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Rising Temperature On Tibet Plateau To Have Global Impact

Beijing, Feb 2. (PTI): Chinese scientists have warned that rising temperatures on the fragile Qinghai-Tibet plateau could trigger more disasters in China as well as globally as it will hasten melting of glaciers, drying up major rivers like the Yangtze and Bhramaputra and triggering droughts and desertification.

The rising temperatures on the Qinghai-Tibet plateau also known as the "Roof of the World" will have a rippling effect on climate and environmental changes, Chinese researchers said.

Quoting data collected from the Qinghai-Tibet Plateau, the scientists said that the region's temperature has risen by up to 0.42 C each decade since 1980s.

"The rising temperature has made us look for answers to a series of questions-- how will the change affect the climate in the vicinity, the rest of China, Asia and even the world?", Xu Xiangde, a senior researcher at the Chinese Academy of Meteorological Sciences, was quoted as saying by "China Daily."

Xu's warning comes at a time when some 500 scientists and officials were meeting in Paris to iron out a report on how fast the world was warming, how serious global warming was and how much were humans to blame for that, the official newspaper noted.

Xu said decades of research on the plateau had found that a change or move in water vapour or clouds above the plateau would create an impact, immediate or remote, on weather conditions in other parts of China, and even the world.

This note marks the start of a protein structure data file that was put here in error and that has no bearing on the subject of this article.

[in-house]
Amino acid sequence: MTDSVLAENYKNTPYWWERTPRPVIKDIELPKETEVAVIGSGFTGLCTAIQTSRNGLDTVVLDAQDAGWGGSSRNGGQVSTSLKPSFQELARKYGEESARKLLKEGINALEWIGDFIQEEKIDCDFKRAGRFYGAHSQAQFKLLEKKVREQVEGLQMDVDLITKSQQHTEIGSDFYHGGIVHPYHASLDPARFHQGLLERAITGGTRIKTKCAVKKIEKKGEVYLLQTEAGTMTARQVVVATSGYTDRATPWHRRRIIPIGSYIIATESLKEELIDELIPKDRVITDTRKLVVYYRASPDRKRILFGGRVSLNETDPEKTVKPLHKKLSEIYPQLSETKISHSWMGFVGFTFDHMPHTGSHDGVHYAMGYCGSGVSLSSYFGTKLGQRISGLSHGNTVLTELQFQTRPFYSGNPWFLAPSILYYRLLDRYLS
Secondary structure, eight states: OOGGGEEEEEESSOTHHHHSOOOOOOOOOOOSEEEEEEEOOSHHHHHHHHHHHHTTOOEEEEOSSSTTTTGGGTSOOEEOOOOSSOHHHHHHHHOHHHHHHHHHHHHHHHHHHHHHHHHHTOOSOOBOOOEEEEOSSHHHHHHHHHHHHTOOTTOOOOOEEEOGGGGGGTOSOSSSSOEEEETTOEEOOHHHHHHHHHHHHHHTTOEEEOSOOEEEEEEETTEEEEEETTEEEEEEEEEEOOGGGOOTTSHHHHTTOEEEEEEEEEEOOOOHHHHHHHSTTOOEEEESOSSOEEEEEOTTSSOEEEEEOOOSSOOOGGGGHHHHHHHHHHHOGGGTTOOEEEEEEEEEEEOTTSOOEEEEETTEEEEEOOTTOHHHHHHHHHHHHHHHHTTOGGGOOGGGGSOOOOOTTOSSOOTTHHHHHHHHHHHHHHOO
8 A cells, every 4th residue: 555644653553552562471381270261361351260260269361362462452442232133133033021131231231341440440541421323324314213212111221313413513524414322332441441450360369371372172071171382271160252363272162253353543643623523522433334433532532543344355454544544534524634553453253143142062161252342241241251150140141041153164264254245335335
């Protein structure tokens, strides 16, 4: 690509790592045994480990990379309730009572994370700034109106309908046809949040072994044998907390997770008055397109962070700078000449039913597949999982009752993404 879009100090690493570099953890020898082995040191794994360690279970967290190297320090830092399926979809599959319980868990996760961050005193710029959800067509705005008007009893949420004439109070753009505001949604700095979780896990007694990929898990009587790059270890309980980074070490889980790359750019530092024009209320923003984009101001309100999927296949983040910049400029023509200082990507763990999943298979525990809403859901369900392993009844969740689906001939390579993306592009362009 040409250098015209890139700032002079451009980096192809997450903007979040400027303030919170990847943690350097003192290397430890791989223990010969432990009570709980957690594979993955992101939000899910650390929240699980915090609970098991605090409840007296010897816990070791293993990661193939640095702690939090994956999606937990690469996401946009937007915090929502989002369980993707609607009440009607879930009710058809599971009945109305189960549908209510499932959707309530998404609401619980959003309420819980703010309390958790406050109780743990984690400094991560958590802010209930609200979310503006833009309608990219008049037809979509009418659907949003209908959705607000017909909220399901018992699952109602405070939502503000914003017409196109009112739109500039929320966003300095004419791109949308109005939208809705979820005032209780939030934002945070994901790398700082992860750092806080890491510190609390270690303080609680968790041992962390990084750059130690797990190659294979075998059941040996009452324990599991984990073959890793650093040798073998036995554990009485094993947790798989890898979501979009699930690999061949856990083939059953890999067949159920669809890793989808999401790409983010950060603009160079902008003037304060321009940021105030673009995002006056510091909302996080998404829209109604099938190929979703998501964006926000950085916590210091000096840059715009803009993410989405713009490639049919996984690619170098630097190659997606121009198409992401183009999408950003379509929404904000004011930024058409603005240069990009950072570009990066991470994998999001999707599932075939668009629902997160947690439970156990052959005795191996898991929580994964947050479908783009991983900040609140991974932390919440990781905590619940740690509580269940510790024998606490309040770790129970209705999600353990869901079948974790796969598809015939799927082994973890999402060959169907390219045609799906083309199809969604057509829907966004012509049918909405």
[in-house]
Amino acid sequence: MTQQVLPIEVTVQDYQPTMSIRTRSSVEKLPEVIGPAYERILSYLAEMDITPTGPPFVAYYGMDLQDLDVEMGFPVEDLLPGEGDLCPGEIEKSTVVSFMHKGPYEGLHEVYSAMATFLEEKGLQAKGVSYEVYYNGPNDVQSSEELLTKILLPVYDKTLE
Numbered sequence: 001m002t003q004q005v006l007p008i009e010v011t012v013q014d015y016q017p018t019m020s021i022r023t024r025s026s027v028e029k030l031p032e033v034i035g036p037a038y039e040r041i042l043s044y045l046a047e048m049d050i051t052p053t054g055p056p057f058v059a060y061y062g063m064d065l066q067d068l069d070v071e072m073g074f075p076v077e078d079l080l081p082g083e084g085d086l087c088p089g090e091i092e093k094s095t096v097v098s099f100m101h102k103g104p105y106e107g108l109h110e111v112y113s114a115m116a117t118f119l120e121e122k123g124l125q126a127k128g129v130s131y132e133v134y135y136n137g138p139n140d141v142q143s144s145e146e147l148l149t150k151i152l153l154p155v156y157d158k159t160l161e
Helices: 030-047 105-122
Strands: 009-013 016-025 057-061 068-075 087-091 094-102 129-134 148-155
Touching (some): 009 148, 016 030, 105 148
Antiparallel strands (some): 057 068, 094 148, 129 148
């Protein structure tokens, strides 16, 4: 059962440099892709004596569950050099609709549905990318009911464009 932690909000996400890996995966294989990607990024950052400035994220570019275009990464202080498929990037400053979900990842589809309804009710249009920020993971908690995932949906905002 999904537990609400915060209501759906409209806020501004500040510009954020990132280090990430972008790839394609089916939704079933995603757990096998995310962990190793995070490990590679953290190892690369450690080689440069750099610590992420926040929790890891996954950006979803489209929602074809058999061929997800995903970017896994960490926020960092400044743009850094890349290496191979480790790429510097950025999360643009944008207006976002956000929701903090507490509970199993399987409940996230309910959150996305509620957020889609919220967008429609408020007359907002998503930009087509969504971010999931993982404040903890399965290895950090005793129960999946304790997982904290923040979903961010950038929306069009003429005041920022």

For instance, based on analyses of satellite data, Chinese scientists have traced the cloud clusters that caused the floods in the summer of 1998, the worst in decades in China, back to the strong movement of clouds above the plateau in July that year.

Researchers have partly attributed the scorching weather to the temperature on the plateau, which was 2 to 4 C higher in 2005-06 winter and the plateau's snow cover dropped up to 10 per cent compared with other years, according to a report of the National Meteorological Centre.

One of the worst results of the rising temperature on the plateau could be an ultimate change in the volume of water flowing into the Yangtze, the Yellow, the Bhramaputra and other rivers that originate in the mountainous region, Xu said adding that the meteorological data from the Qinghai-Tibet region were not sufficient.

China and Japan are cooperating on a four-year meteorological research project to build new generation observation stations on and around the plateau to get a forewarning on possible climatic disasters.

Aside from Japan, China has also worked with the United States, South Korea and other countries to better understand climatic changes on the plateau, Li Yueqing, director of the Chengdu Institute of Plateau Meteorology under the China Meteorological Administration, said.

Already, researchers at the China Aero Geophysical Survey and Remote Sensing Centre for Land and Resources have found that the plateau's glaciers have been melting at an average of 131.4 square kilometres a year over the past three decades.


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